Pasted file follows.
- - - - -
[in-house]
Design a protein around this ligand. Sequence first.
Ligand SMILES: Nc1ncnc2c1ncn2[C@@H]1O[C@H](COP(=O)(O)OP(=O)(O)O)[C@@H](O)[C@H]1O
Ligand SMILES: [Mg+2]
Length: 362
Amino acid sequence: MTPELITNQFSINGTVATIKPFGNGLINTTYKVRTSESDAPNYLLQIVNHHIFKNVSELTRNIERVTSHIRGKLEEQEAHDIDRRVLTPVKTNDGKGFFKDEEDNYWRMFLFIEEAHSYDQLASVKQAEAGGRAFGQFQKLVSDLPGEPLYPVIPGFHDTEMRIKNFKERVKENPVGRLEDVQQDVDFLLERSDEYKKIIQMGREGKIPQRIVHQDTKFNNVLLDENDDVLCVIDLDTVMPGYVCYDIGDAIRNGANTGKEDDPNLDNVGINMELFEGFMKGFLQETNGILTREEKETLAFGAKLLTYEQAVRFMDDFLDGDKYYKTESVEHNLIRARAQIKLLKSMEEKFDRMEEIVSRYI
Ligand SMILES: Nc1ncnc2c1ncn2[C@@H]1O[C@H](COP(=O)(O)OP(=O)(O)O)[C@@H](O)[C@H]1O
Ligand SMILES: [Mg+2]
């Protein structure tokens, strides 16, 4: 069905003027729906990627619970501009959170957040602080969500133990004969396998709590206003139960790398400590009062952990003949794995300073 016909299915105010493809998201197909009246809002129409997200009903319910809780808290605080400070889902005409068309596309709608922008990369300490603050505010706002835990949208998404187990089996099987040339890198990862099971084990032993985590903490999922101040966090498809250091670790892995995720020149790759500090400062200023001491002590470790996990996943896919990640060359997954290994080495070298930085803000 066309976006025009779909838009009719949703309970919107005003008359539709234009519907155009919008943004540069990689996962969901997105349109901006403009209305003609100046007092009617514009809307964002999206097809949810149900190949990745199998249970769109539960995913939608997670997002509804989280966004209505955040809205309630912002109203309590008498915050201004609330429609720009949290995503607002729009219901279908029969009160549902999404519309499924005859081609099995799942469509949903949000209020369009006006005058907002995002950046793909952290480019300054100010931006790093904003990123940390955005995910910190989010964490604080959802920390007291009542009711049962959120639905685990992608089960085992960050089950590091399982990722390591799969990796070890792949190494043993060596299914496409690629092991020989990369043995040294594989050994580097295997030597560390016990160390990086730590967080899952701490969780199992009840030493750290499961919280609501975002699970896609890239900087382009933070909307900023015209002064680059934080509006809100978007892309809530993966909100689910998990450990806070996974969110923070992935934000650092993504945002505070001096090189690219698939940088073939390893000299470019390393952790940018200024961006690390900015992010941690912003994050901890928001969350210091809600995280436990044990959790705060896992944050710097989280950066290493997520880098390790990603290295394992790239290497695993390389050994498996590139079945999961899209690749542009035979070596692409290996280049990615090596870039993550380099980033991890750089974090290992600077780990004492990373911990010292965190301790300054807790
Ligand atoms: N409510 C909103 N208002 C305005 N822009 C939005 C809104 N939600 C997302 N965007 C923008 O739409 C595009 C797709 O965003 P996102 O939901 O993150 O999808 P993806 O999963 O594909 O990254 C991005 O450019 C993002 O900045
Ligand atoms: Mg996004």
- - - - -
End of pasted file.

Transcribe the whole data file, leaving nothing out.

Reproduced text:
[in-house]
Design a protein around this ligand. Sequence first.
Ligand SMILES: Nc1ncnc2c1ncn2[C@@H]1O[C@H](COP(=O)(O)OP(=O)(O)O)[C@@H](O)[C@H]1O
Ligand SMILES: [Mg+2]
Length: 362
Amino acid sequence: MTPELITNQFSINGTVATIKPFGNGLINTTYKVRTSESDAPNYLLQIVNHHIFKNVSELTRNIERVTSHIRGKLEEQEAHDIDRRVLTPVKTNDGKGFFKDEEDNYWRMFLFIEEAHSYDQLASVKQAEAGGRAFGQFQKLVSDLPGEPLYPVIPGFHDTEMRIKNFKERVKENPVGRLEDVQQDVDFLLERSDEYKKIIQMGREGKIPQRIVHQDTKFNNVLLDENDDVLCVIDLDTVMPGYVCYDIGDAIRNGANTGKEDDPNLDNVGINMELFEGFMKGFLQETNGILTREEKETLAFGAKLLTYEQAVRFMDDFLDGDKYYKTESVEHNLIRARAQIKLLKSMEEKFDRMEEIVSRYI
Ligand SMILES: Nc1ncnc2c1ncn2[C@@H]1O[C@H](COP(=O)(O)OP(=O)(O)O)[C@@H](O)[C@H]1O
Ligand SMILES: [Mg+2]
């Protein structure tokens, strides 16, 4: 069905003027729906990627619970501009959170957040602080969500133990004969396998709590206003139960790398400590009062952990003949794995300073 016909299915105010493809998201197909009246809002129409997200009903319910809780808290605080400070889902005409068309596309709608922008990369300490603050505010706002835990949208998404187990089996099987040339890198990862099971084990032993985590903490999922101040966090498809250091670790892995995720020149790759500090400062200023001491002590470790996990996943896919990640060359997954290994080495070298930085803000 066309976006025009779909838009009719949703309970919107005003008359539709234009519907155009919008943004540069990689996962969901997105349109901006403009209305003609100046007092009617514009809307964002999206097809949810149900190949990745199998249970769109539960995913939608997670997002509804989280966004209505955040809205309630912002109203309590008498915050201004609330429609720009949290995503607002729009219901279908029969009160549902999404519309499924005859081609099995799942469509949903949000209020369009006006005058907002995002950046793909952290480019300054100010931006790093904003990123940390955005995910910190989010964490604080959802920390007291009542009711049962959120639905685990992608089960085992960050089950590091399982990722390591799969990796070890792949190494043993060596299914496409690629092991020989990369043995040294594989050994580097295997030597560390016990160390990086730590967080899952701490969780199992009840030493750290499961919280609501975002699970896609890239900087382009933070909307900023015209002064680059934080509006809100978007892309809530993966909100689910998990450990806070996974969110923070992935934000650092993504945002505070001096090189690219698939940088073939390893000299470019390393952790940018200024961006690390900015992010941690912003994050901890928001969350210091809600995280436990044990959790705060896992944050710097989280950066290493997520880098390790990603290295394992790239290497695993390389050994498996590139079945999961899209690749542009035979070596692409290996280049990615090596870039993550380099980033991890750089974090290992600077780990004492990373911990010292965190301790300054807790
Ligand atoms: N409510 C909103 N208002 C305005 N822009 C939005 C809104 N939600 C997302 N965007 C923008 O739409 C595009 C797709 O965003 P996102 O939901 O993150 O999808 P993806 O999963 O594909 O990254 C991005 O450019 C993002 O900045
Ligand atoms: Mg996004």